Ohio bill would reimburse tuition for public defenders to fight shortage

Ohio bill would reimburse tuition for public defenders to fight shortage

CLEVELAND, Ohio (WOIO) - A shortage of public defenders in Ohio’s courtrooms could cost taxpayers and the people they’re representing if a solution isn’t found soon.

19 News found state lawmakers are considering paying back law school tuition to try to change that.

The goal of Ohio House Bill 5 is to recruit public defense attorneys and keep them once they’re here.

High turnover is becoming pretty costly to the state and could slow down court cases, according to the Office of the Ohio Public Defender.

“We’re having a hard time with public defenders staying on the job, and almost all of them universally report they’re leaving for more money,” said Tim Young, director of the Office of the Ohio Public Defender.

19 News spoke to him from Columbus over Skype.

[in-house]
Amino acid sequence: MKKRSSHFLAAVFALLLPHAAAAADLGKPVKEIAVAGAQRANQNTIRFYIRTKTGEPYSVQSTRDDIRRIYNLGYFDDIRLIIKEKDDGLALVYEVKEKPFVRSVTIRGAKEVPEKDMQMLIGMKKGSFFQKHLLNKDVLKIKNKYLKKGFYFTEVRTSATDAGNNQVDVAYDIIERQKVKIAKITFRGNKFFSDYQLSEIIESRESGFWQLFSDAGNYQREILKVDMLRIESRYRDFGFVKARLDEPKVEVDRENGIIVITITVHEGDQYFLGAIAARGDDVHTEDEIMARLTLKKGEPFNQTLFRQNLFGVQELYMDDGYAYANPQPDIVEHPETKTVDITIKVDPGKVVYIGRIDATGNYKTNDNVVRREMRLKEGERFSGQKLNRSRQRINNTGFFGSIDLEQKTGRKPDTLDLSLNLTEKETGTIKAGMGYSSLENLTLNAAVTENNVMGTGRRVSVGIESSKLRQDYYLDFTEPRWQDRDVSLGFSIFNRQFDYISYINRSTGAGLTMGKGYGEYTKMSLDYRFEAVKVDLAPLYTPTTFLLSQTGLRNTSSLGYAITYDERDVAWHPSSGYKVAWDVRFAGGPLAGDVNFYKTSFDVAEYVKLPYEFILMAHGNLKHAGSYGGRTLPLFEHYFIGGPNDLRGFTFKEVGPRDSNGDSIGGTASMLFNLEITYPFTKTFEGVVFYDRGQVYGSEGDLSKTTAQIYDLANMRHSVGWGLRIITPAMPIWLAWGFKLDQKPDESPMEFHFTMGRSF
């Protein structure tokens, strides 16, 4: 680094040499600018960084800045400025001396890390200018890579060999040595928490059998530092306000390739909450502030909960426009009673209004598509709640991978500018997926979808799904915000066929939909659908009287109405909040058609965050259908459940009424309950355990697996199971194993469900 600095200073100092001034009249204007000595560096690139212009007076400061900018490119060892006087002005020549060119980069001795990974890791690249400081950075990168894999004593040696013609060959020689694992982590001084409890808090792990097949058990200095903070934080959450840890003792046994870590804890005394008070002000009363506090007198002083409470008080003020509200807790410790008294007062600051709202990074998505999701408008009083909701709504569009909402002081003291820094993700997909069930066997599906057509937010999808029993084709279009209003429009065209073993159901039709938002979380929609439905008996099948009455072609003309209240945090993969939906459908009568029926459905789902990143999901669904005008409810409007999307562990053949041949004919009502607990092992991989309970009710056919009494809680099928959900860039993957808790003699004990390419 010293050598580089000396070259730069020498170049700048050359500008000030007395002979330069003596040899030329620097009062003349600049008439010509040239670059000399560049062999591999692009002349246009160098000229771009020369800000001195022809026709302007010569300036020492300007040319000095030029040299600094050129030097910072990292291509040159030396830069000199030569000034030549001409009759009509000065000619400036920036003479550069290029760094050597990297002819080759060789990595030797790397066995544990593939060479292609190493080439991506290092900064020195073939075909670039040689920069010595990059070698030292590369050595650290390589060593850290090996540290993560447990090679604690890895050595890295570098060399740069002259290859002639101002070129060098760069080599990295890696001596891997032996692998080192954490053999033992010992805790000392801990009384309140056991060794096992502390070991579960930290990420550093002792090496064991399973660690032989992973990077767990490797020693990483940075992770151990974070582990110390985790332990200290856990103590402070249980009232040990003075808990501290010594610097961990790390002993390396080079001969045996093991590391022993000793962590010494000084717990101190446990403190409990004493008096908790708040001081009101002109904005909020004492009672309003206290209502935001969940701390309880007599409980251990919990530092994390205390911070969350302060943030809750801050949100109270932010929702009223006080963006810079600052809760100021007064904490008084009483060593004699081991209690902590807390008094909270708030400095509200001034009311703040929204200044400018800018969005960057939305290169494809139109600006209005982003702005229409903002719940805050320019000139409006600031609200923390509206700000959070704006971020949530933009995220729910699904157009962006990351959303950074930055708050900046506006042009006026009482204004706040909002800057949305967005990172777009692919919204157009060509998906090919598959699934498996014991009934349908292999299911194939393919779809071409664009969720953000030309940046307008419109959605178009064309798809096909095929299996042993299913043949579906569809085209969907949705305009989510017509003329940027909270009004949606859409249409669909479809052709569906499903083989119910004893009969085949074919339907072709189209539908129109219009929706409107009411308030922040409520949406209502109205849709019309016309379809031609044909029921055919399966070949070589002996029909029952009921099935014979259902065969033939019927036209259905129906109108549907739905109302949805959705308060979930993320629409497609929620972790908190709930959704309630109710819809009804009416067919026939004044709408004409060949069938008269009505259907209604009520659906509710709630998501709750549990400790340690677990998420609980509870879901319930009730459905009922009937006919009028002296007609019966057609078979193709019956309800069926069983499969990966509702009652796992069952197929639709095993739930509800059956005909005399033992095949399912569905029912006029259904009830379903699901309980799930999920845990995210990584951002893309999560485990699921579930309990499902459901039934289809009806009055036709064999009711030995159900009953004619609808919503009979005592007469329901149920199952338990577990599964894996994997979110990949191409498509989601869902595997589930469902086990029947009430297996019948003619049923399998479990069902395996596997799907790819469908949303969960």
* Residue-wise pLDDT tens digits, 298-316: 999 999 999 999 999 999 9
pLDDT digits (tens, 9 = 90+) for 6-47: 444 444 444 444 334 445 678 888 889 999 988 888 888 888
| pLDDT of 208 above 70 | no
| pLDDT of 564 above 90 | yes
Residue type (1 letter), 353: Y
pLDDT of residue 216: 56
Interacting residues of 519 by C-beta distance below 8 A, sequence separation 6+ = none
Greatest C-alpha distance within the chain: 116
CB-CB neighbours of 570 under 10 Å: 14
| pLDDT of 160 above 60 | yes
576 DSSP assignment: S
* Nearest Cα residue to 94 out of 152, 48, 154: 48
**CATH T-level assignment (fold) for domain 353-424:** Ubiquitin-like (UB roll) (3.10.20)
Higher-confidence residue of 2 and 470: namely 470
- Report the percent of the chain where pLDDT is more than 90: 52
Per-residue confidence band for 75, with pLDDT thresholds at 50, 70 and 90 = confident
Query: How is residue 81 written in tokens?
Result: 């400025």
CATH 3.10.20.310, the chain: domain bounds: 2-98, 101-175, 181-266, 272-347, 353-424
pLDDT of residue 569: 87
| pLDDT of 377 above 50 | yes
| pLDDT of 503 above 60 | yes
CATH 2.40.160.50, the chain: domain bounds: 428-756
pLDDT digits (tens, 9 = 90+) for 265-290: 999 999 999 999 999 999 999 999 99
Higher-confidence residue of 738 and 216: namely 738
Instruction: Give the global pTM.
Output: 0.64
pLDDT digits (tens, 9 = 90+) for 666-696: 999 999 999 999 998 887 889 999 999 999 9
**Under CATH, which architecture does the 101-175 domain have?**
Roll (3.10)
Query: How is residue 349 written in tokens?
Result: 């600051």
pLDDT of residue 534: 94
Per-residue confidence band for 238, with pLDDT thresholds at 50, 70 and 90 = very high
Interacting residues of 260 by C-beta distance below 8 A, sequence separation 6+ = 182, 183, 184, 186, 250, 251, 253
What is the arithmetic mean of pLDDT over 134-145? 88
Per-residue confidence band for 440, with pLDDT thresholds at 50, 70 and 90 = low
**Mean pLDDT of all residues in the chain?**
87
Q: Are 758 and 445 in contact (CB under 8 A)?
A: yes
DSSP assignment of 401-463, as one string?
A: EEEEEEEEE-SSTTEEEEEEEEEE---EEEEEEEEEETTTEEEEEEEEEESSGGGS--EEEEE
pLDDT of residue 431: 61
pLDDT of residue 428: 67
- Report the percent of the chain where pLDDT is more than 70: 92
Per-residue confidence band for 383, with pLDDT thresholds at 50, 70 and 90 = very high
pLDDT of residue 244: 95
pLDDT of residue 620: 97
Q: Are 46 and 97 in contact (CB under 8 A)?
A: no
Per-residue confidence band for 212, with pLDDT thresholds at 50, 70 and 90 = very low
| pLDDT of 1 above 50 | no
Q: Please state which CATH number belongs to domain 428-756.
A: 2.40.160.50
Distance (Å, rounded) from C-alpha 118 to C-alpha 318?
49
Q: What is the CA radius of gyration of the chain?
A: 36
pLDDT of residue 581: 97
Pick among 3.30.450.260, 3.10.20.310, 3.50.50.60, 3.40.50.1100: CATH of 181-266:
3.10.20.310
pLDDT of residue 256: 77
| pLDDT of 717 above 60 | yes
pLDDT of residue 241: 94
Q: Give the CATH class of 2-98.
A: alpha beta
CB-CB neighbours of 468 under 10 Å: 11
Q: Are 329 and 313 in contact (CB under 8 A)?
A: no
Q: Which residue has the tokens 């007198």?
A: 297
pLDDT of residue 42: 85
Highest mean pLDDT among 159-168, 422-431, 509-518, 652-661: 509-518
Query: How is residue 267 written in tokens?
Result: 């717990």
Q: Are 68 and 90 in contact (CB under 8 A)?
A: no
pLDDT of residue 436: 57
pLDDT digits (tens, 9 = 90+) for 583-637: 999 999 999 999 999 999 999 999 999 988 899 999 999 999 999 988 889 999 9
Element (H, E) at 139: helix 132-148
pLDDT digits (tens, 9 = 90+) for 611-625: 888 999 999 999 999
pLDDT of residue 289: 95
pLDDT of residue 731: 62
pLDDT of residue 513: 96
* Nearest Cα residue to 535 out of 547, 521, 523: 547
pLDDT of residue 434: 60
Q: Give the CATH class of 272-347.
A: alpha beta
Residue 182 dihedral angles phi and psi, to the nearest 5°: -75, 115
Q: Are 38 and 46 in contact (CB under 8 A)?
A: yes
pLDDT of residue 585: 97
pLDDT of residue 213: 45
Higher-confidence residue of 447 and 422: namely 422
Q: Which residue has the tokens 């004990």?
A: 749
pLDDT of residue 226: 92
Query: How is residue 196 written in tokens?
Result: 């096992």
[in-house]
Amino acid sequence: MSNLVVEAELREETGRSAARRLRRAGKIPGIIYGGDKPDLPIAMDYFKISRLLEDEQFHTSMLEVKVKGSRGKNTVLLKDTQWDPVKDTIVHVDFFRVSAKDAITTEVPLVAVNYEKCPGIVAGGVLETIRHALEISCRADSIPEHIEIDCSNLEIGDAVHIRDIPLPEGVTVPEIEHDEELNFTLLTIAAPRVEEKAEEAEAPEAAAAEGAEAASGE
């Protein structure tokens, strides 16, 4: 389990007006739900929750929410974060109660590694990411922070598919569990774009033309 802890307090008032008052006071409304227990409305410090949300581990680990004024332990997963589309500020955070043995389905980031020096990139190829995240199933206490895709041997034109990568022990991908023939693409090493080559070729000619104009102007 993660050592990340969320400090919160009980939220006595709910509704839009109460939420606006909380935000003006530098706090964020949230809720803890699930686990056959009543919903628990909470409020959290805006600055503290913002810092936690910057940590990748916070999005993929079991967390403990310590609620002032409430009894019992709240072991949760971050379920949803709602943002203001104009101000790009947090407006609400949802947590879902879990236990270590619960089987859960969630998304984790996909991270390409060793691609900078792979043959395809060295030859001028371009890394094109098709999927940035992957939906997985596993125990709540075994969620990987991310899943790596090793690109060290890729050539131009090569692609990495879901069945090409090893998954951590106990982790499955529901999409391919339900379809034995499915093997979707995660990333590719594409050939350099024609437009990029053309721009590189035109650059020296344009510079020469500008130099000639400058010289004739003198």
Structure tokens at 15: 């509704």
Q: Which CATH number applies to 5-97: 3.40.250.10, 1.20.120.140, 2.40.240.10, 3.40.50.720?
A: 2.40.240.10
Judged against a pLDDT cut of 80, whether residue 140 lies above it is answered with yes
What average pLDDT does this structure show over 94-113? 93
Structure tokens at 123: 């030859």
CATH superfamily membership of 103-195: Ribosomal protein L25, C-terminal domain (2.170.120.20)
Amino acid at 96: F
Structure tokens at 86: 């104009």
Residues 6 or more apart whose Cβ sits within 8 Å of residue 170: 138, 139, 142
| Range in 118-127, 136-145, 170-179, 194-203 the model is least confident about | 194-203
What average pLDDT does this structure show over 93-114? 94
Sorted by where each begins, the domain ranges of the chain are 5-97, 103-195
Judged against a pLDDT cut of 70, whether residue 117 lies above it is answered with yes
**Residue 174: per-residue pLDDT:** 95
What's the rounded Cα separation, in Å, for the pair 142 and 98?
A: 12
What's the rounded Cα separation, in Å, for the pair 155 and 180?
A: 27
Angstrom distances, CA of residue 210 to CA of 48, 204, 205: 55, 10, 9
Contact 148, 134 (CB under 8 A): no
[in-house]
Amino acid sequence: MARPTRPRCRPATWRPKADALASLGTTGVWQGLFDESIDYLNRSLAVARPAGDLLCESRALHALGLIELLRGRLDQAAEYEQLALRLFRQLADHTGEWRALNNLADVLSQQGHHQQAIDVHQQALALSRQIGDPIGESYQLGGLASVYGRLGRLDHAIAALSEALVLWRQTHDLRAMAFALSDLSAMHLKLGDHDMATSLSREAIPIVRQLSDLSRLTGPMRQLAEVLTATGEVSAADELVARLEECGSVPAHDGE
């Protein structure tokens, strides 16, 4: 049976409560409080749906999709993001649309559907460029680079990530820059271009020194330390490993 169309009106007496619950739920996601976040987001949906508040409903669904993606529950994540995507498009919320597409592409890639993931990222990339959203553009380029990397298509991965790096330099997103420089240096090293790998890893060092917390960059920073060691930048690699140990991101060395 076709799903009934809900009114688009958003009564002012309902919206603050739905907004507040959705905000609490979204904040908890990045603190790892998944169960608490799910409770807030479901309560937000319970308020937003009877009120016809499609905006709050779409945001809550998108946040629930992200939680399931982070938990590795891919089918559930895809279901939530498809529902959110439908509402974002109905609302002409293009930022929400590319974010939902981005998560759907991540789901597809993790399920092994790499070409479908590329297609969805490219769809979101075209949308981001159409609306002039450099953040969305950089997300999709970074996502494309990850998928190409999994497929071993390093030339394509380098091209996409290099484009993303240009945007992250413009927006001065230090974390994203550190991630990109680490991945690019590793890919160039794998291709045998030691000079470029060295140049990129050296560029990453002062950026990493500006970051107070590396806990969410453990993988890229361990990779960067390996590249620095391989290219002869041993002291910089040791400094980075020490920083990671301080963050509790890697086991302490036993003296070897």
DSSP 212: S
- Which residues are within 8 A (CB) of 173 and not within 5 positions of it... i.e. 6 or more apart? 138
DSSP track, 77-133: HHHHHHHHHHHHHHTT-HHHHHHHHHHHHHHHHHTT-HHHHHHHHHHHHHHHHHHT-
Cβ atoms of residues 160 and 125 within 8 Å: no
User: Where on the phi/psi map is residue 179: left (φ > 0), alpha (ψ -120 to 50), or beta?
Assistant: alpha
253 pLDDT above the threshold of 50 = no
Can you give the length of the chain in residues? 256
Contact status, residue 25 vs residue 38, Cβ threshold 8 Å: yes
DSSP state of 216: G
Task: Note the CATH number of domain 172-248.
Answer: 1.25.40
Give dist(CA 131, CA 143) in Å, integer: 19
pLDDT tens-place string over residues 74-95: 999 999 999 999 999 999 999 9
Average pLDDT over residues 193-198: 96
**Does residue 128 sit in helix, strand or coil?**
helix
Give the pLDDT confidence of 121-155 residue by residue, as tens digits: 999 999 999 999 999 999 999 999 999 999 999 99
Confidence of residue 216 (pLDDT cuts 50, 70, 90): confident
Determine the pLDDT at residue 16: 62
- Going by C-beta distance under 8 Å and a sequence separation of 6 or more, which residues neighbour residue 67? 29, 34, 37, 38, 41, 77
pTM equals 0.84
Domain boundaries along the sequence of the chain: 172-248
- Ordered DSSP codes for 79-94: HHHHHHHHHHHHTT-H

He said a new study found the highest cost they're seeing in the judicial system is turnover.

Public defenders across the state served as legal counsel in 280,828 cases in Fiscal Year 2017 alone.

“The cost of retraining, the cost of absences to the justice system in terms of the lost knowledge base, is one of the most significant costs that we have in our justice system,” Young said.

But a new state bill could help.

Attorneys who become public defenders in Ohio could get some help paying law school back, up to $85,000 for five years of service.

The average law student in our state graduates with more than $98,000 of debt.

Ohio already has similar programs for doctors and dentists, encouraging them to practice in under-served areas.

“We have a lot of kids who leave home from a rural area, go to law school and then never go back. Even though they might want to but there's no market for them there,” Young said.

About 75 percent of adult defendants in criminal cases qualify for a public defender.

“I think it fundamentally impacts justice. If you have lawyers who are leaving after two or three years, one you don't have a deep knowledge base,” Young said.

The state bill passed the Ohio House last summer.

It will go to another hearing in the Senate Finance Committee before lawmakers can vote it out of committee.

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